At seven, Matea Radic and her parents left their home in Sarajevo, fleeing the Yugoslav Wars. She and her mother boarded the last bus out of the city before the siege began in 1992, and her father escaped two years later to join them in Winnipeg.
Today, October 26th, Matea’s show 7 opens at the Graffiti Gallery. Her series of paintings and drawings examine “the effects displacement had on [her] as a child and a person.” As Matea talks about her memories of life before the war, grenades, the family that stayed behind, it’s clear this pain, decades old, is still fresh. That’s the funny thing about trauma; it can break the surface before you even know it’s there, won’t subside until it’s ready. It keeps its own time.
I chat and snap photos with Matea as she works on the focal piece of the show: a large mural where a four-legged black beast Matea calls a hole maker looms over an abundance of food, plants, animals, and household objects. The image, like each of the pieces in Matea’s show, is playful, childlike, and nightmarish.
FULL: This summer, you travelled back to visit Sarajevo. How did the experience of the trip shift your perspective or contribute to this work? Was that your first time visiting since you left during war?
Matea Radic: Yes. It was a month shy of twenty five years later. The whole idea for the show was to explore displacement and how it changed me, what it did to me. And then I became hyper-focused on the moment we left — that moment where everything is great, and then all of the sudden, it’s just bananas. The work in this show is about that moment between good and bad.
FULL: Do you feel like this is something you’ve explored in your work previous to this show?
MR: I think subconsciously I was, but I didn’t realise it. I didn’t realise how traumatized I actually was from everything. Going back home made me realise that I had trauma. Before then, I thought, “No, we escaped. My family’s alive, we’re alive. I’m fine.” I don’t get to have trauma.
FULL: I think that’s an incredibly common way of coping, to just bury it and not recognize the experience as trauma.
MR: A year ago, when I was starting to think about the idea for the show, I was talking with someone about it. She was asking me about my life, and I was telling her. She was the one that said, “Oh, you have trauma.” And I went, “No, I don’t, I’m fine.” She went, “No. You bury it until it comes out.” I started thinking about that. Leading up to going back home, there was something in my chest that hurt and wanted to come out.
FULL: Something I’ve noticed come up in your work is the array of food laid out around your central figure, and I’m seeing that again in this mural piece. I’m curious what that’s about for you.
MR: This mural is called, “The Day the City Changed” and it represents all the things that I had. I had a lovely family, and we were living such a fairy tale life. Everyone was happy, or so it seemed to me, and we had everything we needed. All of the sudden, everything was taken.
FULL: The colours you’re using are so strong. What made you pick the red?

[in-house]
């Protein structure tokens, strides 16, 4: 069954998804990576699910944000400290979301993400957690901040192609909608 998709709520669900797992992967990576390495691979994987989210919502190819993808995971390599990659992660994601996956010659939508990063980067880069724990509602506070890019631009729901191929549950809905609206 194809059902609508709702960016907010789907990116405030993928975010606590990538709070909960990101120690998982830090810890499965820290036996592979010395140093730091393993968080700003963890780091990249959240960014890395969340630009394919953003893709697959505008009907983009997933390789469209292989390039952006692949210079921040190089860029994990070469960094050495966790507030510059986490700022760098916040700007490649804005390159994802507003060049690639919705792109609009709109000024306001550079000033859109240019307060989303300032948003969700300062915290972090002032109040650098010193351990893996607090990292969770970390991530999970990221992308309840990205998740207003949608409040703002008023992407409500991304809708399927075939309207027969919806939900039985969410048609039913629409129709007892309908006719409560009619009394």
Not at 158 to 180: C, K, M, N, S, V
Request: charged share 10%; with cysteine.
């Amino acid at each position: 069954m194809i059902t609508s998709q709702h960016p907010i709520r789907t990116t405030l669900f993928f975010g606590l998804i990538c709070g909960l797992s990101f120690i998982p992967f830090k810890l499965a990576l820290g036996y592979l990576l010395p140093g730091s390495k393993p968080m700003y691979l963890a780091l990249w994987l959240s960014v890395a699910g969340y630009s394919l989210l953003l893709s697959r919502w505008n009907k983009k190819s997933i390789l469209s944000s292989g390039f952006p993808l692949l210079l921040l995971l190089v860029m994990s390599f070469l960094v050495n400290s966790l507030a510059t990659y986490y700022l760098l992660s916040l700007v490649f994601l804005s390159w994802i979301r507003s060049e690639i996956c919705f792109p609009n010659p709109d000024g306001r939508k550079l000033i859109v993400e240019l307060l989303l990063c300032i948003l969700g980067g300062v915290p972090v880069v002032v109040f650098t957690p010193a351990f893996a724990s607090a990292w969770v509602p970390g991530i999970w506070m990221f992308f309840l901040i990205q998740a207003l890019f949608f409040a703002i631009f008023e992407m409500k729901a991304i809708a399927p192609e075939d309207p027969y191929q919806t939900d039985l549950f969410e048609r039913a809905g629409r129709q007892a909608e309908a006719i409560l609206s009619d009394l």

MR: I’ve been working with this colour for awhile now and I’m just obsessed with it. It’s not a blood red, it’s this weird, orange-y red called Boing! with an exclamation point. I couldn’t believe it. Pat Lazo was picking up paint, and he asked me what colour I wanted, and I told him I wanted a vermillion. He wanted the swatch name, so I went on the internet and had to pick one out of about twenty reds. Seeing it on the computer, you don’t really know what the colour’s going to look like, but I thought, yeah, this Boing! looks fine. It ended up being the exact colour I needed.
FULL: On your Instagram, you posted a drawing that reminds me of the ones you’re hanging here. You called it “A little drawing about big feelings.” I’m curious about some of those feelings, if you feel comfortable expressing them.
MR: I wonder who I could have been. I grieve not being able to have the life that my parents did, and the life that they had to leave behind. Then I feel guilty saying that because we have a great life, and we’ve had so many different opportunities being here. But when I went back home, I really felt in my heart that this was my place, and I had never felt that before. I get really angry at these monsters, the people that allowed themselves to get brainwashed by these maniacs, and all the innocent people whose lives were cut short because of that mentality. It makes me sad and mad.
FULL: What are you hoping to offer your audience with this work?
MR: I want people to realize that while they’re living their cozy lives, there’s bad stuff going on. I don’t know what the solution is, I just want people to understand. I want to understand.
FULL: It can be hard to be optimistic that the state of the world will change. Sometimes it seems that humans are in this cycle of the coziness you mentioned until that bad thing comes in. But until it does, people can be oblivious.
MR: And in recent events with the refugee crisis, it makes me so sad that people who are just trying to keep themselves and their families safe are being turned around like they’re lesser than. That’s another thing that I started thinking about in terms of the effects the war had on me. These people came and took everything away. They made me feel like I could have died, and I was lucky just to be alive. That kind of follows you. I ended up living believing their hate for me. A part of me never felt worthy. I’ve always been a pushover, and I think that has to do with being robbed of yourself.
Reconciliation can’t happen until you understand what it is that’s ailing you. I’m on the path to that, but I don’t know what reconciliation looks or feels like yet.